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Words From Charlie - Foreword to the Dialogue on Diplomacy and Technology 2013 Report

This report emanates from the second annual Aspen Institute Dialogue on Diplomacy and Technology. The Dialogue addresses ways that diplomacy can and should incorporate new information and communications technologies (ICT) in the days and years ahead. Given the social, many-to-many nature of these new technologies, it naturally focuses on public and citizen diplomacy, though not exclusively. In the first year, the Dialogue explored how technology has changed the nature of diplomacy in all its facets: traditional, public, citizen, cultural and business diplomacies.

The topic for the 2013 Dialogue examined how social networks, peer-to-peer and mobile technologies can change the landscape of diplomacy, particularly in the uses of soft or smart power. The group focused on the contrasting approaches by the U.S. and China in the context of Southeast Asia, and explored the ways in which ICTs are affecting diplomacy in the region. On the concluding day of the Dialogue, the group of 25 diplomats, business, non-profit and academic leaders from the United States, China and Myanmar/Burma engaged in a role-playing simulation of the U.S. and China rivaling for diplomatic advantage in a hypothetical skirmish in Myanmar/Burma. The purpose was to see what lessons they might learn from exploring the role of new technologies in a highly-charged diplomatic crisis.

The group concluded by calling for a reinvention of the apparati of public diplomacy in the United States. This will be the topic for the next Dialogue.

The Dialogue owes its origins and thanks to the support of Aspen Institute Trustee Marc Nathanson. Since his tenure as the first Chairman of the U.S. Broadcasting Board of Governors (BBG), Nathanson has been concerned with how American diplomacy could more rapidly embrace the changing world of social media and other technologies. We also acknowledge and thank Ambassador Christopher Hill, Dean of the Josef Korbel School of International Relations at the University of Denver, Aspen Institute Trustee Madeleine Albright, and Aspen Institute President, CEO and former Chair of the BBG, Walter Isaacson. We are thankful for our association in this Dialogue with the Korbel School, and the guidance and leadership of Secretary Albright, whose father is the namesake of the School.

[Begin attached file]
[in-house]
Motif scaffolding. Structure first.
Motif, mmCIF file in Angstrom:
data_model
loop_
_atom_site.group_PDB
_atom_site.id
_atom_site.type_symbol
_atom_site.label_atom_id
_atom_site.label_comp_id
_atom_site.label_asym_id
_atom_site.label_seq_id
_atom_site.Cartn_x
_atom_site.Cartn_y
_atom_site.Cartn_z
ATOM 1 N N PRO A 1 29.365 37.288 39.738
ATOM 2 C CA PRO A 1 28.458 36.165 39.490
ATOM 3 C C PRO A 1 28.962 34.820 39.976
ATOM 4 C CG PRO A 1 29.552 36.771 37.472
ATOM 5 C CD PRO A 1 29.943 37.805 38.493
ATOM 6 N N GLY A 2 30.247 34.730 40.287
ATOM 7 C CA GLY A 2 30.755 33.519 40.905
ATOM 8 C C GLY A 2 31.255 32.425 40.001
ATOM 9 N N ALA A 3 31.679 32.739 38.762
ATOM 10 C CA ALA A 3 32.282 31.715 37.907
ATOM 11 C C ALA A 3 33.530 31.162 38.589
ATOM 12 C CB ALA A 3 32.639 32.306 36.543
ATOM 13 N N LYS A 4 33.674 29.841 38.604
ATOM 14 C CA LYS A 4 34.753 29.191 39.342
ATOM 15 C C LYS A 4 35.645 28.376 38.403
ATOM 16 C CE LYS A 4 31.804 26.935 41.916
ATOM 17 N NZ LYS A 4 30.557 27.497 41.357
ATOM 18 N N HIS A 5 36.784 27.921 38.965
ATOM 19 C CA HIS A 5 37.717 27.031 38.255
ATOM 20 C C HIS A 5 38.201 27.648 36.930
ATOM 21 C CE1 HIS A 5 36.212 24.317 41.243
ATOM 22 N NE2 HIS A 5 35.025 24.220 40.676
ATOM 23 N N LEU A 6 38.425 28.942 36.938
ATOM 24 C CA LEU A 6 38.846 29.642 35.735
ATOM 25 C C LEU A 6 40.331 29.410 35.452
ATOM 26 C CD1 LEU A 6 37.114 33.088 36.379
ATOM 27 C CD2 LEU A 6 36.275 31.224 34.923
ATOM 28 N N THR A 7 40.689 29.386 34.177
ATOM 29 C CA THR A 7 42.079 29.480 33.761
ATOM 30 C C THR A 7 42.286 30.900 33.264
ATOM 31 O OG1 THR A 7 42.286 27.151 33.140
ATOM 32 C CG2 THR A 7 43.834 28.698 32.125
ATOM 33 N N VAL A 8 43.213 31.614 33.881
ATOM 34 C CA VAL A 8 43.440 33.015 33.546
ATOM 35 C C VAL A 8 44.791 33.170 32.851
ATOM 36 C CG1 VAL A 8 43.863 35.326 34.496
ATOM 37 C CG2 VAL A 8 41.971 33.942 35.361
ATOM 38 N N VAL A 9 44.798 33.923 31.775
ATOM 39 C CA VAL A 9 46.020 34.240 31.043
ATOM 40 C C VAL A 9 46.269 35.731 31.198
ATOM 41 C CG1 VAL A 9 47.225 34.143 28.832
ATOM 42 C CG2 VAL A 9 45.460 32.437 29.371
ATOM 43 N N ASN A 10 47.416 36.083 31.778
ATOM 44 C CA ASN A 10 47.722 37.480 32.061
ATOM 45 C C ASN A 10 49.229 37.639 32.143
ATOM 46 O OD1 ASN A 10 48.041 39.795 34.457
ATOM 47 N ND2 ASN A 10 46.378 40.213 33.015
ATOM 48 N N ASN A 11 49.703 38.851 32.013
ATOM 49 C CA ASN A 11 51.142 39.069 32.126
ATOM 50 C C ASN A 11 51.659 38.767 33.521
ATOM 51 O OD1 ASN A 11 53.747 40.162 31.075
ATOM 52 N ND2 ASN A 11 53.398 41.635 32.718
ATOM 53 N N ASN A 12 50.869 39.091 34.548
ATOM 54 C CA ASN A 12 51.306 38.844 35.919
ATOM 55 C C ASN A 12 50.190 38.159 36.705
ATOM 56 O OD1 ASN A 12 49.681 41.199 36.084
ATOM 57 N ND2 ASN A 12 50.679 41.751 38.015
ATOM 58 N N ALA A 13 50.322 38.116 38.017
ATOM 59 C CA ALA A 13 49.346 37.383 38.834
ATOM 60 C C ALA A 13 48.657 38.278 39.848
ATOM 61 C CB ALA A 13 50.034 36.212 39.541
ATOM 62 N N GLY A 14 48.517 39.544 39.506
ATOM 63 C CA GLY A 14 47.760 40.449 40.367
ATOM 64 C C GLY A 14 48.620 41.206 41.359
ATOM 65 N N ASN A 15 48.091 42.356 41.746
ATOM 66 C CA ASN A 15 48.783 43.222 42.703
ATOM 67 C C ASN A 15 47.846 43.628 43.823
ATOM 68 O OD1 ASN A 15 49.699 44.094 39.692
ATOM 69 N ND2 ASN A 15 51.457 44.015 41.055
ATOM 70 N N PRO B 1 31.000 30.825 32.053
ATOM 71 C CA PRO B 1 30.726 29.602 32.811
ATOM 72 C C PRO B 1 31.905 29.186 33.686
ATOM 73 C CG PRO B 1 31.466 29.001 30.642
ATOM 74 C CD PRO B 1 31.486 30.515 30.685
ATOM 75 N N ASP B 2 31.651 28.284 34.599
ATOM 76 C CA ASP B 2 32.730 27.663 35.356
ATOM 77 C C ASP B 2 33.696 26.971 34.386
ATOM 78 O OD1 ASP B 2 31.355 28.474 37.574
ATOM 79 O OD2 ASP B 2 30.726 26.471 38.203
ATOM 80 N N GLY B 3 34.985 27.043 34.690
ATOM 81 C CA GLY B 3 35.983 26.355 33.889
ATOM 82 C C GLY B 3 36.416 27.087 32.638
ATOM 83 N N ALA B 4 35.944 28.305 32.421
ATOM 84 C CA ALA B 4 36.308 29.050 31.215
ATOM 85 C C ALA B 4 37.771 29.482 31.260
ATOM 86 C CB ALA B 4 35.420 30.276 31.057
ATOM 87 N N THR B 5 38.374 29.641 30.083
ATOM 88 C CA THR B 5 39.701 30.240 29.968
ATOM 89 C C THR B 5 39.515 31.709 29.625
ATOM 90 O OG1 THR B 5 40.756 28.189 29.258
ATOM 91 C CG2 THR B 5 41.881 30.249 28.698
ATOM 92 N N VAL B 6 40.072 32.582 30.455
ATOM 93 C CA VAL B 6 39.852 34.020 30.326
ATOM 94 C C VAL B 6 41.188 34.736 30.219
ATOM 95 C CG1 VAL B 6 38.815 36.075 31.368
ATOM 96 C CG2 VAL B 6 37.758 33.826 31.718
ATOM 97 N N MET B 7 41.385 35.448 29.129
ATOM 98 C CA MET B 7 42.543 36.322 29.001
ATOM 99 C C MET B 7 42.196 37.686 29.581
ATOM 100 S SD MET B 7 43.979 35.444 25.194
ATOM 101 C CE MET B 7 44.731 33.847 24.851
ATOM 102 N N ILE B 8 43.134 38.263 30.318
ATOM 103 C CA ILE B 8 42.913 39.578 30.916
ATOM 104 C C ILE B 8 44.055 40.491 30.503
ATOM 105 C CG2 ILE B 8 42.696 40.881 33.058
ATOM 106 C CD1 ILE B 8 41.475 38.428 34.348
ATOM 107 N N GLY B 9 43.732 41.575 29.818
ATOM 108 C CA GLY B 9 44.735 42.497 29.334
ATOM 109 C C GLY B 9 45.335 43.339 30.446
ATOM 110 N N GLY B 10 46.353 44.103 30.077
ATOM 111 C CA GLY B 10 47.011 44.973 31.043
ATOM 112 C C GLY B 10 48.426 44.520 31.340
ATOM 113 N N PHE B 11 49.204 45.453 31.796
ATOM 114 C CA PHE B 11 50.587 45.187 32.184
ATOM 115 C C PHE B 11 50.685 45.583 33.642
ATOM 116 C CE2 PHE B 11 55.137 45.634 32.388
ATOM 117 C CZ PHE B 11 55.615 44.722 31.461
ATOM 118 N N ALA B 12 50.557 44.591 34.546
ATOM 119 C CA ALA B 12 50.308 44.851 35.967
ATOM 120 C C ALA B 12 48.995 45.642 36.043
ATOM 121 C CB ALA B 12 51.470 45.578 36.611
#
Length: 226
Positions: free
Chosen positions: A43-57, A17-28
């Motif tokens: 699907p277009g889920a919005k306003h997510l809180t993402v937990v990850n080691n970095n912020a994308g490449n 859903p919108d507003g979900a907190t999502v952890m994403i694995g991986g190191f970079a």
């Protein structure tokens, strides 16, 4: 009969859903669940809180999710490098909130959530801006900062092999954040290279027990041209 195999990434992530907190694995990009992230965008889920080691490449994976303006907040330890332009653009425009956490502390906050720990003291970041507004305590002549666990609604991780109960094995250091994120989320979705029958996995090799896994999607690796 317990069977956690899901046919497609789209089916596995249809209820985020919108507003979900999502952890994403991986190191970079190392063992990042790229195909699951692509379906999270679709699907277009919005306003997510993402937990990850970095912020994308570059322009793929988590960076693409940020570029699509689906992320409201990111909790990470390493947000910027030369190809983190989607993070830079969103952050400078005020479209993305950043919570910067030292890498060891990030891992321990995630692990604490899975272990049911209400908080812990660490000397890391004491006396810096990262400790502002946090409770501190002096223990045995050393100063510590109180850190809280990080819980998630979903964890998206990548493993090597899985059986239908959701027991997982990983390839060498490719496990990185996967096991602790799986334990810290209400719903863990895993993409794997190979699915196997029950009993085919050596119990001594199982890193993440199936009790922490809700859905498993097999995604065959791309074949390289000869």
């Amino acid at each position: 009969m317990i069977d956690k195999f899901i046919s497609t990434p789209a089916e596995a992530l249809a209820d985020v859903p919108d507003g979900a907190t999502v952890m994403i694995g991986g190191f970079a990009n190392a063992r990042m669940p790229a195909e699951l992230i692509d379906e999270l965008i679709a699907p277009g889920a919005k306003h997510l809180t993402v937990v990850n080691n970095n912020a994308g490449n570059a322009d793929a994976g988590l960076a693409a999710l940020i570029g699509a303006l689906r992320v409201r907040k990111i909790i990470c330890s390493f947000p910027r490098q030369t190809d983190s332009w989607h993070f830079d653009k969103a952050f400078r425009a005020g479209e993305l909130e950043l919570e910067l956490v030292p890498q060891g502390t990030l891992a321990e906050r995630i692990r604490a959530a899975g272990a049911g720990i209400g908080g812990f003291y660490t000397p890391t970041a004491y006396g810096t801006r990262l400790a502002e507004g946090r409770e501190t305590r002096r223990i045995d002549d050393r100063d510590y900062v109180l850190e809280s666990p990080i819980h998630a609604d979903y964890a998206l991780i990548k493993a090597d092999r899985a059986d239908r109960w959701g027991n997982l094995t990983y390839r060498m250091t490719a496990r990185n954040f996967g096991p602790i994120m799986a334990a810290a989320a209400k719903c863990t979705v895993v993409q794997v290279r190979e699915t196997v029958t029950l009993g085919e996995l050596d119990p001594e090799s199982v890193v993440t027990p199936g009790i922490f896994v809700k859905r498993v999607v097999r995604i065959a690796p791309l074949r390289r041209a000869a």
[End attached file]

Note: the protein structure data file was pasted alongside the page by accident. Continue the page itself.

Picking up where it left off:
As is the case with almost all of our Communications and Society dialogues and roundtables, the aim is to frame issues, gain insights and make recommendations for important public policy issues at the cutting edge of our society. We do not take votes, however, and the report is the rapporteurs’ take on the topic as amplified by participants’ remarks. Therefore, not all of the opinions expressed in the report are subscribed by each of the participants or their employers. Unless someone is specifically quoted, it should not be assumed that he or she adheres to a particular position, but rather such statements are the rapporteur’s sense of the group in general.

In addition to the above leaders of the Dialogue, I would like to thank Ms. Shanthi Kalathil, our excellent rapporteur; the Nathanson Scholars, Laura Jagla and Emily Winslow, who designed the materials for our simulation at the Dialogue; and Kiahna Cassell, Aspen Institute Communications and Society Program Senior Project Manager, for organizing and managing the dialogue and this report itself. Finally, we thank the Jane and Marc Nathanson Foundation, which is the senior sponsor of this project.

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